Wednesday, April 28, 2010

Papa Trauma Fundraiser

This is a picture of my brother, Kerry, when he was helping me with a big project in my yard in February. He's a big guy with a generous and kind heart, but now he has a big problem. He was in a serious ATV accident on April 16th and is now paralyzed. With two sons on missions, and the type of "insurance" you can get when you are self-employed, you can imagine how tight finances are going to be. I know things are tight for a lot of people right now, and, really, Azucar makes a good point: it reeks that we have to ask for help in a situation like this, but I'm asking anyway. If you are in the area and would like to help, Kerry's neighbors have organized a fundraiser. Please stop by this Saturday and either donate stuff to sell or make a few purchases. Here is the information from the flier:

A tragic accident has left our friend Kerry Ashby paralyzed. All proceeds will go toward medical needs, making the home wheel chair accessible, and rehabilitation.

Neighborhood Yard Sale
Sat May 1st at 7 am
162 East 500 South Provo

Please donate any items that can be sold.
Drop off at the above address at any time.

A financial contribution would be greatly appreciated!
Donations will be collected at:

Freedom Credit Union
815 North Freedom Blvd.
Provo, UT 84604

Checks written to Kerry Ashby
Donations can also be dropped off at the yard sale location anytime.

For questions call Cheryl Sheffield at 801-830-8932

Thank you for your support in this effort!

Friday, April 23, 2010

And Life Goes On

Some of you know that my older brother, Kerry, was in a serious ATV accident last Friday. It's going to be a rough road. Friends and neighbors are combining efforts to help Kerry's family. With two missionaries out (the second one leaves on the 28th next week), added to the astronomical medical costs, the financial situation is going to be bad. The boys are concerned about the financial burden that their missions will be on top of everything else. If you can, please check out the button on my side bar for details about an online auction for the family on May 3rd. There will also be a huge yard sale/bake sale on Saturday, May 1st. If you want details on that, leave me your e-mail in the comments and I'll send you the information.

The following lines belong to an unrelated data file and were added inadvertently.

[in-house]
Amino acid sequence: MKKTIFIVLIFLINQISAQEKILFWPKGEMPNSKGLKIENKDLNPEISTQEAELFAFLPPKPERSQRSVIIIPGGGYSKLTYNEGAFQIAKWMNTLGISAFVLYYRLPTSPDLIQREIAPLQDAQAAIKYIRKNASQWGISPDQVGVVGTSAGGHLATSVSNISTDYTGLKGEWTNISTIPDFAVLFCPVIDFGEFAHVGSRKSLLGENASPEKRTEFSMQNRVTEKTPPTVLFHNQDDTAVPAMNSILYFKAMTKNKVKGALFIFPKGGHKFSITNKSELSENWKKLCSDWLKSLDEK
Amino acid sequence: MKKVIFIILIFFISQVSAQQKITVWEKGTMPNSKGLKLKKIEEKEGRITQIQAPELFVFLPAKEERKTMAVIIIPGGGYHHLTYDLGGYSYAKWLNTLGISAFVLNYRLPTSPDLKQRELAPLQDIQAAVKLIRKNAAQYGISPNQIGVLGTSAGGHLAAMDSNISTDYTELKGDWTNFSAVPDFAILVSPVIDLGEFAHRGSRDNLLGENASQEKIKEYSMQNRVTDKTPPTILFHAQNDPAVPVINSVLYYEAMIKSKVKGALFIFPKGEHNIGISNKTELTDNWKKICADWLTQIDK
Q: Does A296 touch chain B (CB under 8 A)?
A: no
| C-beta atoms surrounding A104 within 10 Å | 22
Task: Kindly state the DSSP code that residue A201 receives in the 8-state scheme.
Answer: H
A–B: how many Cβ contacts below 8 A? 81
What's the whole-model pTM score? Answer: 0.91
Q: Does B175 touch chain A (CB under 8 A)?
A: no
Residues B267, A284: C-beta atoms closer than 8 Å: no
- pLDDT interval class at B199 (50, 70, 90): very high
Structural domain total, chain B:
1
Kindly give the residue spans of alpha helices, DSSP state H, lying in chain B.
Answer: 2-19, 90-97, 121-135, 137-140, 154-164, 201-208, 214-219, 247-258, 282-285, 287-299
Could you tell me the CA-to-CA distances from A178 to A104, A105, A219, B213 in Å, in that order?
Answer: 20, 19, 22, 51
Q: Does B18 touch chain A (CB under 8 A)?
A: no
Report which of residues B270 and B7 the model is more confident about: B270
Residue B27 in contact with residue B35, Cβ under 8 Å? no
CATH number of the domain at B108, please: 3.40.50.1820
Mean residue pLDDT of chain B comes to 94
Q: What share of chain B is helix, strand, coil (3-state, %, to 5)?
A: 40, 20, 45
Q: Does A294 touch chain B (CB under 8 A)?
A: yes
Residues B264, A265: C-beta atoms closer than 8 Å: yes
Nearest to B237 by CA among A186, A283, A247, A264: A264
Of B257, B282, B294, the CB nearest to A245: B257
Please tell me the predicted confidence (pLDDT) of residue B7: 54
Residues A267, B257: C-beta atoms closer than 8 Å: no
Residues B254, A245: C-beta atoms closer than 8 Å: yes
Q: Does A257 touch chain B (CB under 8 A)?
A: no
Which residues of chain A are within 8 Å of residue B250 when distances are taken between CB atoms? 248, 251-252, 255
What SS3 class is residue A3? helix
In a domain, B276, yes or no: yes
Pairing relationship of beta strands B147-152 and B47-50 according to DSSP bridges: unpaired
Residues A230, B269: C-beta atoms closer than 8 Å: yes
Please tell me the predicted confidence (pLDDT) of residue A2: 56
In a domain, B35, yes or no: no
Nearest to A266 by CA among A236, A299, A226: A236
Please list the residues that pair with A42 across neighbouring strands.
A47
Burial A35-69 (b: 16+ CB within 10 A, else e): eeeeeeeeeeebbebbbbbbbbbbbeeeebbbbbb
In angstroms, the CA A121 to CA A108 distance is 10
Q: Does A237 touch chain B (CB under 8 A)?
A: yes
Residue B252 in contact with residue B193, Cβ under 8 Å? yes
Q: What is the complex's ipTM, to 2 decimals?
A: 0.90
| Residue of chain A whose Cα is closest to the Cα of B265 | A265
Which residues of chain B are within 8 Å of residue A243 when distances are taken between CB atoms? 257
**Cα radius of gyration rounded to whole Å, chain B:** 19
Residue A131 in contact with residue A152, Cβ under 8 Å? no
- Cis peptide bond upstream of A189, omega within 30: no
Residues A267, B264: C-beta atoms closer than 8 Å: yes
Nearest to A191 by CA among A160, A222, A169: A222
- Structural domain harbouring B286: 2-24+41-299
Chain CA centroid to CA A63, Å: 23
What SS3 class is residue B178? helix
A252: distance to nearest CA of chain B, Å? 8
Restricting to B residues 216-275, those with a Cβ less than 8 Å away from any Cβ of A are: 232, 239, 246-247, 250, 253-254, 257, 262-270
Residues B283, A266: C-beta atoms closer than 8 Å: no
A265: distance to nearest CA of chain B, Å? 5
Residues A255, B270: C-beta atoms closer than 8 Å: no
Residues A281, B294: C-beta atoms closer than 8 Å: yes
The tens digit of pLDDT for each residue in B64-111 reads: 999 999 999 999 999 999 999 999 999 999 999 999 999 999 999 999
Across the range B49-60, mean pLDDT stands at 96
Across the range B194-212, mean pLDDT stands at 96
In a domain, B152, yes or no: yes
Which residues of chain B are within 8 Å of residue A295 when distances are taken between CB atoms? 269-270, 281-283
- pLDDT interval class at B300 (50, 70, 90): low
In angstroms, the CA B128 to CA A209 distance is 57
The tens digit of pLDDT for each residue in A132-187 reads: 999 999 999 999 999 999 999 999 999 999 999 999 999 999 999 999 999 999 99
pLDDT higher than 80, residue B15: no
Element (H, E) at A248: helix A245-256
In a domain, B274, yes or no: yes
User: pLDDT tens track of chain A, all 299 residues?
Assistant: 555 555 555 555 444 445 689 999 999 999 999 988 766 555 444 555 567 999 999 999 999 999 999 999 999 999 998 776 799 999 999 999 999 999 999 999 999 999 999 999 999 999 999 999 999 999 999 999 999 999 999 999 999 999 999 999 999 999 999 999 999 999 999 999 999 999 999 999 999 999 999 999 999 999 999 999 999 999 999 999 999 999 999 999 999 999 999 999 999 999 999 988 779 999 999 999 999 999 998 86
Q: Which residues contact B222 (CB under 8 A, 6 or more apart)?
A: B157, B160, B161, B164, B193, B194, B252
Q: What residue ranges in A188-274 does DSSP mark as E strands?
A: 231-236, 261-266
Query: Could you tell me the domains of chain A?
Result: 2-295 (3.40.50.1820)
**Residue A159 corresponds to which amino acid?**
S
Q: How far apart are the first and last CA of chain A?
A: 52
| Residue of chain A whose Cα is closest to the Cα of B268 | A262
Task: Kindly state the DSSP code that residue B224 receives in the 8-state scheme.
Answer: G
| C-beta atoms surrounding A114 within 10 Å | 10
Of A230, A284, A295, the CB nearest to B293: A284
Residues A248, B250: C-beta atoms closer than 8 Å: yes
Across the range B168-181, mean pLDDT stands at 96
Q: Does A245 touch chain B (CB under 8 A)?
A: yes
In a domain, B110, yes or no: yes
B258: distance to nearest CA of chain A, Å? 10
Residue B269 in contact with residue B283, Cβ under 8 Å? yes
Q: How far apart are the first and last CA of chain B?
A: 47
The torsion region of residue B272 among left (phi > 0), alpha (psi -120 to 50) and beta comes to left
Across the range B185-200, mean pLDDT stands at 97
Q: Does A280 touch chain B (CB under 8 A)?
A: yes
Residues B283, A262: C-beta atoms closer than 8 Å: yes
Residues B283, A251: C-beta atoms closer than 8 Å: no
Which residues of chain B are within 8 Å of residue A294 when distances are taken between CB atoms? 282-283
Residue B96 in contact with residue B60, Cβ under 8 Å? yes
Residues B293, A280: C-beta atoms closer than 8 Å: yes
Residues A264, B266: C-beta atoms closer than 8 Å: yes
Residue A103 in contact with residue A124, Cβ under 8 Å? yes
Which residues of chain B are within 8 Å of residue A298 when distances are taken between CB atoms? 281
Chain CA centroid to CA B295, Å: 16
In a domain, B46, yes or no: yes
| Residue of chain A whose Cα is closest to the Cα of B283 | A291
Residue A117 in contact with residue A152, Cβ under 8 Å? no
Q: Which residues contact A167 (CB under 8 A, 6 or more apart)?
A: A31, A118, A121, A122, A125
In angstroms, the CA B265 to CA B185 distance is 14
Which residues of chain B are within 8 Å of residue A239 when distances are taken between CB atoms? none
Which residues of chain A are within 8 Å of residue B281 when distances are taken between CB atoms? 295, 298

Thank you, everyone.

Thursday, April 08, 2010


I had a birthday two days ago. It was a very nice, relaxing day for me. The most unusual experience for that day came at the beginning, and I feel prompted to share it.

Some of you know that I exercise in the morning at Curves. I don't usually go on Tuesdays, but I did this week. There are two women who are part of the Tuesday/Thursday workout group. They are women whom I greatly admire: they radiate their testimonies of Jesus Christ not only in their eyes but in the way they talk, act, and respond to other people. Their love for their families and for the people they serve at church is evident in every word they speak. (I must say here that they are not the only women I know who are this way. Visit with the women in my family, neighborhood, and circle of friends and you will agree. I know some amazing women!)

I was drawn into conversation Tuesday morning with one of the women (the other one wasn't there that day). For some reason, I began telling her of the things I've experienced in my life. These things are not pretty--they are the adversities that President Uchtdorf spoke of. It was rather sobering for me, putting everything out there in a condensed version. She asked me how it is that I kept going. I told her that I didn't have a choice. She reminded me that yes, I did have a choice. I could have chosen to leave, whether physically or spiritually. It's true: I could have chosen that. But it was never an option for me. It still isn't.

Then I told her this (and I know I've said it before, but it bears repeating):

"The mist of darkness that Lehi speaks of is real. It is tangible. But even when I could not feel the Spirit, even when I felt abandoned and alone, I knew Heavenly Father was still there. I knew He still loved me. And I know the only way to get through the mists of darkness is to cling with all my might to my Heavenly Father. There is no way around, under, or over: there is only through, and you can't do it without Him."

We were both in tears. We both felt that truth. It was particularly sweet for me because I needed to feel it. It's been a rough go lately, and sometimes I can't feel the sweet peace that the gospel brings. I needed that feeling on my birthday. Thank you, Father, for the birthday present. It will carry me through for quite some time, I think.

A dear friend of mine was saying the other day how much the phrase "endure to the end" disturbs her. Are we merely passive observers? Do we just roll over and let it all happen to us? The phrase brings to mind such images. I've never cared for it myself, though I've used it often enough. A few weeks ago, a neighbor was speaking in sacrament meeting, sharing some of his missionary experiences. He talked about certain gospel phrases that are better in Spanish. "Enduring" was one of those phrases. He taught us that in Spanish, the phrase is "persevering." I believe he's right: the Spanish is better. Persevering implies active participation in the events around you. I would rather persevere, moving forward continually in spite of the obstacles in front of me.

And that is what I will do. I will keep moving, even though there are times when I want to say, "You want me to do what? Um...really?" Because that is the only viable option for me.